CRA: If You Did This 1 Thing Wrong, You Might Have to Pay Back Your $2,000 CERB

The CRA is recovering the CERB from recipients who were found to be ineligible for the benefit. Meanwhile, Canadians with low-risk appetite can consider a recession-proof investment like Metro stock.

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When the Canada Revenue Agency (CRA) started dishing out the Canada Emergency Response Benefit (CRB) in March 2020, there was hardly a verification process. The goal then was to deliver the pandemic money as swiftly as possible. After that, the CRA corrected the flaw in the program’s extension.

Tightening the noose was necessary to make sure only Canadians who need income support the most received CERB. The clean-up by the CRA is ongoing in 2021. If you were a CERB recipient but did one thing wrong, you might have to pay it back.

No waiver or forgiveness

The Trudeau administration said early on that a CERB clean-up would follow after the fact. On January 21, 2021, the office of Employment Minister Carla Qualtrough announced that the federal government would not waive repayments for ineligible CERB recipients who applied for the emergency benefit.

The office was also emphatic when it said forgiveness for those who didn’t qualify “wasn’t on the table.” There were miscommunications in the first few weeks of the CERB rollout, especially regarding how applicants would be assessed for their eligibility.

The confusion arose from income determination, whether the assessment should be gross or net income. CRA call centre agents relayed to applicants that gross income was the basis when it should have been net income. There were more than 8.9 million CERB applications and about $81.6 billion dole out through the program until September 2020.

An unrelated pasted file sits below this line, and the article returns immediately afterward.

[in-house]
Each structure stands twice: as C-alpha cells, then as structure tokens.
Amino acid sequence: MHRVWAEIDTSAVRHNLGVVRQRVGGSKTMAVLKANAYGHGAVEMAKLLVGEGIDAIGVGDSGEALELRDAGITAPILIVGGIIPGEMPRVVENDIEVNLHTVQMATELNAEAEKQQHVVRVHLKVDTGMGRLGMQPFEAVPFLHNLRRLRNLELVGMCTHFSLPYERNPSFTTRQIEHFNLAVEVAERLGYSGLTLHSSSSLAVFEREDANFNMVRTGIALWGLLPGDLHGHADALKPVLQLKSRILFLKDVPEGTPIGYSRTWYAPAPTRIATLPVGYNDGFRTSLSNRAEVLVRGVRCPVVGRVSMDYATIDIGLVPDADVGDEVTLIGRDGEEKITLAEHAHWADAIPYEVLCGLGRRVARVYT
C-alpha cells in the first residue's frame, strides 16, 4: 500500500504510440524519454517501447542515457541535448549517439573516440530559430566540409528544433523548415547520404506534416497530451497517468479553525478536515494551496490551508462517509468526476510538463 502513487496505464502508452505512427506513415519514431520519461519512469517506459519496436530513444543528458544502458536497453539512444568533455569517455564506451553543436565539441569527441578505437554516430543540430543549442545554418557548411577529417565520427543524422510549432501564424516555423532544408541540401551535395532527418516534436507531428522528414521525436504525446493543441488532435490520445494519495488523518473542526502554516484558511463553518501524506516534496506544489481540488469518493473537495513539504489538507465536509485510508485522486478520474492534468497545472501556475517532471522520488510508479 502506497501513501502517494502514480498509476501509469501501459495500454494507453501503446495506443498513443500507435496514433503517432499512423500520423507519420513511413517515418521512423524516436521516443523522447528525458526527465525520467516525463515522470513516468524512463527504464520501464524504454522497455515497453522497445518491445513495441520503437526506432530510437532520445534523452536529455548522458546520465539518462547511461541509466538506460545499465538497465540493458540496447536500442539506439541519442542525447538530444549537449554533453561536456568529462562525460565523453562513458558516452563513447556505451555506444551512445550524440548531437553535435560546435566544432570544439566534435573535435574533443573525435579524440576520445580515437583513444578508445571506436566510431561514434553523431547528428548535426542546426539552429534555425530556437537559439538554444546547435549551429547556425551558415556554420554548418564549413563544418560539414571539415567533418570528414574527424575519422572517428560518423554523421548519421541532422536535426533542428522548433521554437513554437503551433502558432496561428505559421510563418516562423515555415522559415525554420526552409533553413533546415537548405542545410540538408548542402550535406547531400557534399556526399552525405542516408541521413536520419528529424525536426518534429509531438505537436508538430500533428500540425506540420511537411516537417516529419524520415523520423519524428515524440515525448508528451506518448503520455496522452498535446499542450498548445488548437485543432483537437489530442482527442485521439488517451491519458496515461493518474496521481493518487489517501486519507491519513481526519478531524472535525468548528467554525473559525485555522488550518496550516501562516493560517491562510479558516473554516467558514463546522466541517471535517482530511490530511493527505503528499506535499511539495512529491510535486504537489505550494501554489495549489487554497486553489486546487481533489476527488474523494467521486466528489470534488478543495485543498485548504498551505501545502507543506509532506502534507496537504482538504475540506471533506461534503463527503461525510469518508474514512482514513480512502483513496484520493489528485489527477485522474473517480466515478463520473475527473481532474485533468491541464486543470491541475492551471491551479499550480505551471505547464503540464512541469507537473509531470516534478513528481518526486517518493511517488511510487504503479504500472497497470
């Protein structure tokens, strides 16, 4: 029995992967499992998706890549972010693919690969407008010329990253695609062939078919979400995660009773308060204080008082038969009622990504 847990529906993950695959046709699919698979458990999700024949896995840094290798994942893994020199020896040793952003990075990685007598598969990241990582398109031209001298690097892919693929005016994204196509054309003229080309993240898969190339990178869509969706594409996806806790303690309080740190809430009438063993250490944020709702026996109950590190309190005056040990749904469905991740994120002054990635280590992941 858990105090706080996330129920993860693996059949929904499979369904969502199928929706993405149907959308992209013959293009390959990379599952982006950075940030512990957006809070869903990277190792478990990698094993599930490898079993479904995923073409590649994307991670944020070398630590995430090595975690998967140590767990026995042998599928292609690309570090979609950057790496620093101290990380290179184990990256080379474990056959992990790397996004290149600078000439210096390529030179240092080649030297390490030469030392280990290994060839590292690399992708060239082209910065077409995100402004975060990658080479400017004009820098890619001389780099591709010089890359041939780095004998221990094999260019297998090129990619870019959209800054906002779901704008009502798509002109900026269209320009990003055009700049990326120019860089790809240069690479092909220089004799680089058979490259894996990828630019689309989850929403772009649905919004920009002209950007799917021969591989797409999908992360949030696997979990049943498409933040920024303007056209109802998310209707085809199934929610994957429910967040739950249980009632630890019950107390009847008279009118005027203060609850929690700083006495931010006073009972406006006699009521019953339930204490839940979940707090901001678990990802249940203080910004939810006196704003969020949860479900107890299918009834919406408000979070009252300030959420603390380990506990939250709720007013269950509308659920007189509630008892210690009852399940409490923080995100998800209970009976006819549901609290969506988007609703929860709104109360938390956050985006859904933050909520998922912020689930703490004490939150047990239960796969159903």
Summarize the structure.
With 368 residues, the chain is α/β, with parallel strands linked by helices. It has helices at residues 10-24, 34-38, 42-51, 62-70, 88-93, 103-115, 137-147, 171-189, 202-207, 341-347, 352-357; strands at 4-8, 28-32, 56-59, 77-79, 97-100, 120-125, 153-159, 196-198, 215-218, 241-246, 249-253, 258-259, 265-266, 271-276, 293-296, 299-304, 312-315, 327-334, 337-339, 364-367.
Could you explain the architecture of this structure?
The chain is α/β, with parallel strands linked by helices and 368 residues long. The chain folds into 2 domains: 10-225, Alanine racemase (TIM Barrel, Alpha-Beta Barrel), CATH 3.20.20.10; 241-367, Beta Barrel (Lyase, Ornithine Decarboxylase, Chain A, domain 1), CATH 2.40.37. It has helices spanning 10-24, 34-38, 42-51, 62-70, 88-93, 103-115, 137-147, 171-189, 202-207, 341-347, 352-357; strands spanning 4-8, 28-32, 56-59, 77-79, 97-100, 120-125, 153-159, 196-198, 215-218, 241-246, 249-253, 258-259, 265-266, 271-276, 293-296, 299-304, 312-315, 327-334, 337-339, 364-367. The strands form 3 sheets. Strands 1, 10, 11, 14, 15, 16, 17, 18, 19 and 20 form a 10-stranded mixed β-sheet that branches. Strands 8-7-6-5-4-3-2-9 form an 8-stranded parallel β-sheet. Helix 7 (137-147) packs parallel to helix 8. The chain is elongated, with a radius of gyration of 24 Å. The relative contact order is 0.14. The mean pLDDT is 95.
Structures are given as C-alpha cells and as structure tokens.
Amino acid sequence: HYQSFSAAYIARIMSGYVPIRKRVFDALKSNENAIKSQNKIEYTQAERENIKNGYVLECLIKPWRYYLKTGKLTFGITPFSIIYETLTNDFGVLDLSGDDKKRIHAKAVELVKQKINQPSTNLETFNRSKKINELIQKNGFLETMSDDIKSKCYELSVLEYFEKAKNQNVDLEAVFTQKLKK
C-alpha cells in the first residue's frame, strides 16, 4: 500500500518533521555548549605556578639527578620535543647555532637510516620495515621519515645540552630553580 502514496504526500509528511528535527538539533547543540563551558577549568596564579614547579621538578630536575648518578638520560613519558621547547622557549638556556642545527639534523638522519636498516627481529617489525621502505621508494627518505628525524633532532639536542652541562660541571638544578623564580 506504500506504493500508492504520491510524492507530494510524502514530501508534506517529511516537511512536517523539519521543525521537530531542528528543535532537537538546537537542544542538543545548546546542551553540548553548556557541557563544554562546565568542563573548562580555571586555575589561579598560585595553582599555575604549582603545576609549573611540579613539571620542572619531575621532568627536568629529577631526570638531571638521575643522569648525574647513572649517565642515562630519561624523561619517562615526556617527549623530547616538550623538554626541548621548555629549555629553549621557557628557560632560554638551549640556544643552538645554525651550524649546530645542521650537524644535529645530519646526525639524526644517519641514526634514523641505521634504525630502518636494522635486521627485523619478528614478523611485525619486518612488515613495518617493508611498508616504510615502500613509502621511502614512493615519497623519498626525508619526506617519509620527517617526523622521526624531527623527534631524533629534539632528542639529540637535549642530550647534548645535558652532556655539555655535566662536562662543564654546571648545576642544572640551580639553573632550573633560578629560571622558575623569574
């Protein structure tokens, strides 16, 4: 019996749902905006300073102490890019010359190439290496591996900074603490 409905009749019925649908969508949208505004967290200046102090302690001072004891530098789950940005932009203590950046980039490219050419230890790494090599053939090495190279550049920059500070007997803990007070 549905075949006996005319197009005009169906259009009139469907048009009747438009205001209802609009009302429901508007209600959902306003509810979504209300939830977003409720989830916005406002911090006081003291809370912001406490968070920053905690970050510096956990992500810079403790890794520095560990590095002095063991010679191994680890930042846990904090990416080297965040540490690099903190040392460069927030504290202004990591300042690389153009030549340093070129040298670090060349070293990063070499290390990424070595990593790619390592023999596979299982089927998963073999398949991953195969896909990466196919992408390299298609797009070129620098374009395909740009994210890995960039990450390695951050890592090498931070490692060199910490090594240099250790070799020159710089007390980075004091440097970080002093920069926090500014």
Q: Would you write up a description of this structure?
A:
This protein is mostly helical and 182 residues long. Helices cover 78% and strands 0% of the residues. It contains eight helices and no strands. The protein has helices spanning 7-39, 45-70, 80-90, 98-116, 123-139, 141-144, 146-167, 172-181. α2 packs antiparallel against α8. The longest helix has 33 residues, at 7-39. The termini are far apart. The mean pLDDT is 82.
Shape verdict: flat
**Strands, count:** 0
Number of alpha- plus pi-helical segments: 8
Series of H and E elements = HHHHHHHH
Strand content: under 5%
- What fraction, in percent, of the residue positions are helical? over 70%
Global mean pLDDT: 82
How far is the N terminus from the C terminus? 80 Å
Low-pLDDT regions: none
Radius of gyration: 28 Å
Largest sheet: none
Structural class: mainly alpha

Did not meet the income requirement

The CRA sent out 441,000 education letters warning Canadians that they may not be eligible for the CERB after all. One of the key criteria is employment or self-employment income. You don’t have to pay back your CERB if net income in 2019 or 12 months before the application date is at least $5,000.

Consumer-defensive investment

The $14,000 maximum CERB isn’t a small amount. If you have the same amount you won’t need anytime soon, you could earn extra from dividend stocks. Also, Metro (TSX:MRU) is a perfect choice if you have a low-risk appetite. This $13.52 billion company can endure economic downturns, because it provides essential products and services.

Metro operates a network of 950 food stores and 650 drugstores. The consumer defensive stock’s 7.6% total return in 2020 is proof of business resiliency amid the pandemic. If you invest today, the share price is $54.45, while the dividend yield is a modest 1.65%. The dividend is more than secure, given the low 20.9% payout ratio.

For Q1 fiscal 2021 (quarter ended December 19, 2020), Metro reported sales and earnings growth of 6.2% and 12.3% versus the same period in fiscal 2020. Online food sales posted a 170% increase, the most notable among all business segments. Metro encourages its customers to shop online or to use the in-store order service for convenience.

Recovery of inadvertent payments

Because of its haste to disburse the $2,000 weekly CERB, the CRA was unable to confirm most applicants’ income for eligibility purposes. Now, it’s recovering and collecting the inadvertent payments. However, the tax agency clarifies that not all letter recipients are required to repay CERB benefits.

This article represents the opinion of the writer, who may disagree with the “official” recommendation position of a Motley Fool premium service or advisor. We’re Motley! Questioning an investing thesis — even one of our own — helps us all think critically about investing and make decisions that help us become smarter, happier, and richer, so we sometimes publish articles that may not be in line with recommendations, rankings or other content.

Fool contributor Christopher Liew has no position in any of the stocks mentioned.

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